The vibrancy and liveliness of Ben Thanh Market and its surrounding streets are at the heart of Ho Chi Minh City.
It's a centre of commerce and transportation with public spaces, tourism, light industry, and housing for the working class through to the wealthy.
This urban street life and symbol of the city was the focus of a project being undertaken by Melbourne RMIT University students as part of the Master of Urban Design program.
Program Director Gretchen Wilkins recently travelled with the group of ten students to Vietnam for a two-week workshop based at RMIT Vietnam's Pham Ngoc Thach campus.
In collaboration with Hoanh Tran and Archie Pizzini from local architectural design office HTA+pizzini, the students gained an understanding of the underlying systems embedded in the rapidly developing urban life of Ho Chi Minh City and then identified and analysed architectural and urban design intervention proposals.
Mr Pizzini, Principal of HTA+pizzini said the intense use of public space in and around the Ben Thanh Market area incorporated micro-businesses plus improvised individual solutions to meet daily needs.
"It has generated a very specific urban fabric which is in contrast to the globalised model coming into the city as a result of new development," Mr Pizzini said.
"The web of informal systems linking the city's thousands of micro-endeavours and the individual lives built upon them make places like Ho Chi Minh City fundamentally different from the regulated cities in Australia, the United States, Canada and Europe.
"These systems have a lot to teach us about other ways to build sustainably and humanely in the rest of the world and it will involve considering a new type of design which incorporates the current vibrant social economic structures with the pressures of globalised development."
Left to right: RMIT Melbourne students Jayme Collins, Fiona Robertson, Raphael Freedman and Tino Chino at RMIT Vietnam Pham Ngoc Thac campus.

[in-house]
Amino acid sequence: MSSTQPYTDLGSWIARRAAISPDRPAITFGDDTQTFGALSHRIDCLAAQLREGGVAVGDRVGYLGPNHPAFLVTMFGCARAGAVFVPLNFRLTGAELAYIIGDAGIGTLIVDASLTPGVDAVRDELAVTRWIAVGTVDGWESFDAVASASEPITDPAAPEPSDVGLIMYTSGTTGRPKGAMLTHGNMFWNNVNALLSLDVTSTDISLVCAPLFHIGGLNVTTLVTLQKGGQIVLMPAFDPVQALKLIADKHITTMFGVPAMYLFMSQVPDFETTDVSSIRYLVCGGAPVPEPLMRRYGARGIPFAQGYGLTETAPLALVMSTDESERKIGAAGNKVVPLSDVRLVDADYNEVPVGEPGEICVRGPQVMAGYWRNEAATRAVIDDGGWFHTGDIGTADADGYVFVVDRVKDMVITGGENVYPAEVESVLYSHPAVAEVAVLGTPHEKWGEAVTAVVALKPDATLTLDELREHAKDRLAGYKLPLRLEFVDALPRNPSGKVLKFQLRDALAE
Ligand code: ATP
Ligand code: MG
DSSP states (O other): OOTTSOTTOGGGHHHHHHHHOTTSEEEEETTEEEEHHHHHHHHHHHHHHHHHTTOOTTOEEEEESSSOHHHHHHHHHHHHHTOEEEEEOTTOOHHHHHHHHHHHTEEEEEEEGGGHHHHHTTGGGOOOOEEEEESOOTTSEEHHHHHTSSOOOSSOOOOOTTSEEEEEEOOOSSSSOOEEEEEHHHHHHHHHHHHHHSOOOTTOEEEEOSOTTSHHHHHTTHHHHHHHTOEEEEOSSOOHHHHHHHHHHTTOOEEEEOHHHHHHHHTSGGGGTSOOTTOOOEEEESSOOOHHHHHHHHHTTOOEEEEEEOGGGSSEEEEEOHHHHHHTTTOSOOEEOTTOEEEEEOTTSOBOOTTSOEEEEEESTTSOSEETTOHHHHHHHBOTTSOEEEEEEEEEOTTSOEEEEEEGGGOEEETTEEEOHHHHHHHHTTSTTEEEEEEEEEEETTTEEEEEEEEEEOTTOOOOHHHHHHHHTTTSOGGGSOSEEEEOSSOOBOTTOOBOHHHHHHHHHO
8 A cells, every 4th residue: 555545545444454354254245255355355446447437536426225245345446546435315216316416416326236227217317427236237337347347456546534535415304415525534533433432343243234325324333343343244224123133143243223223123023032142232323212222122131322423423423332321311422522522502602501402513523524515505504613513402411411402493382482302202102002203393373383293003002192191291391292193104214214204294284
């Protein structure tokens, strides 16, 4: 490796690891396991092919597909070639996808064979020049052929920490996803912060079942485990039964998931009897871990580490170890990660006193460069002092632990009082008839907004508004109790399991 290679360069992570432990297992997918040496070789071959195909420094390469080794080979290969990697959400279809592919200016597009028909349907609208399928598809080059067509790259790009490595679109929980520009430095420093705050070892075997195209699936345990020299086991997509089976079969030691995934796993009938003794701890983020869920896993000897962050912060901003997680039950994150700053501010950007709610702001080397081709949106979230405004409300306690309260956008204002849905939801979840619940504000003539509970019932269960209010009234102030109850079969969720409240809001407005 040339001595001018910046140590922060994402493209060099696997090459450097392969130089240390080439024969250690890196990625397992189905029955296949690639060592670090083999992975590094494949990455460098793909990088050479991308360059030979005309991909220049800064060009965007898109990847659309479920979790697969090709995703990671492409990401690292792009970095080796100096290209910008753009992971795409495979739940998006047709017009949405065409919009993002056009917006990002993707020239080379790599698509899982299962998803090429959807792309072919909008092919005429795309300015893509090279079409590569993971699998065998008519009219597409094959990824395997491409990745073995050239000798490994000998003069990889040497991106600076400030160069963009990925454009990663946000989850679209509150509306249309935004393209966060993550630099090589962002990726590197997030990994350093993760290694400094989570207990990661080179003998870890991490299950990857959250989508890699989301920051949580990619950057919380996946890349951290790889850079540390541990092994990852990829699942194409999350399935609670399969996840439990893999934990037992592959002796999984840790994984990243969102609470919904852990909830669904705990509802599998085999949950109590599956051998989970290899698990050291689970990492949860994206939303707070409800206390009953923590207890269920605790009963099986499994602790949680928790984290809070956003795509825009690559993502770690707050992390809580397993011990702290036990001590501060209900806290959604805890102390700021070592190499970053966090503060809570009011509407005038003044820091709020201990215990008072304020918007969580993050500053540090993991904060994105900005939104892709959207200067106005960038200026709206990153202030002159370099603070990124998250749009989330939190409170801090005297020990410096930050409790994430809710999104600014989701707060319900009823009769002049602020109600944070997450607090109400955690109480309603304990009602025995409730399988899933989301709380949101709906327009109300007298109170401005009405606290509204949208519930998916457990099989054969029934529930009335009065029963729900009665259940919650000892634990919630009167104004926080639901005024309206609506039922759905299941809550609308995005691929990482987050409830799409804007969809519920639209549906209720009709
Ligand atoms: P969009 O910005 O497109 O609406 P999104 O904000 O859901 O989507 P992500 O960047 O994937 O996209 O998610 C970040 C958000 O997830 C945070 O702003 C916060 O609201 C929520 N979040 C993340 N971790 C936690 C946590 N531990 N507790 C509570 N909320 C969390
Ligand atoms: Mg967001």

As part of the workshop, Mr Pizzini and Mr Tran worked with Ms Wilkins and associate lecturer John Doyle to guide the students through design decisions as well as providing insights into daily life across the city.
Student Raph Freedman said the group immersed themselves in the area by exploring the streets by foot, speaking with locals as well as taking photographs and capturing the city's change over the course of a day.
"We used our findings to work on drawings and diagrams as part of a design proposal which will be presented to a panel of critics for assessment in Melbourne," he said.
A challenging but rewarding experience, Mr Freedman said the workshop was an incredible opportunity to study a city and culture in such a contrast to Melbourne.
"It has been so interesting to come up with a design proposal for an environment completely different to what we've experienced to date," he said.
"Ho Chi Minh City is a beautiful and vibrant city with such welcoming people and it has been an absolute pleasure to spend several weeks in Vietnam on this project."
Before the group returned to Melbourne, the students reviewed their findings with local architectural and design practitioners.
They will continue to develop their proposals in Melbourne, and exhibit the final projects at the annual Architecture and Urban Design student show at the end of the year.
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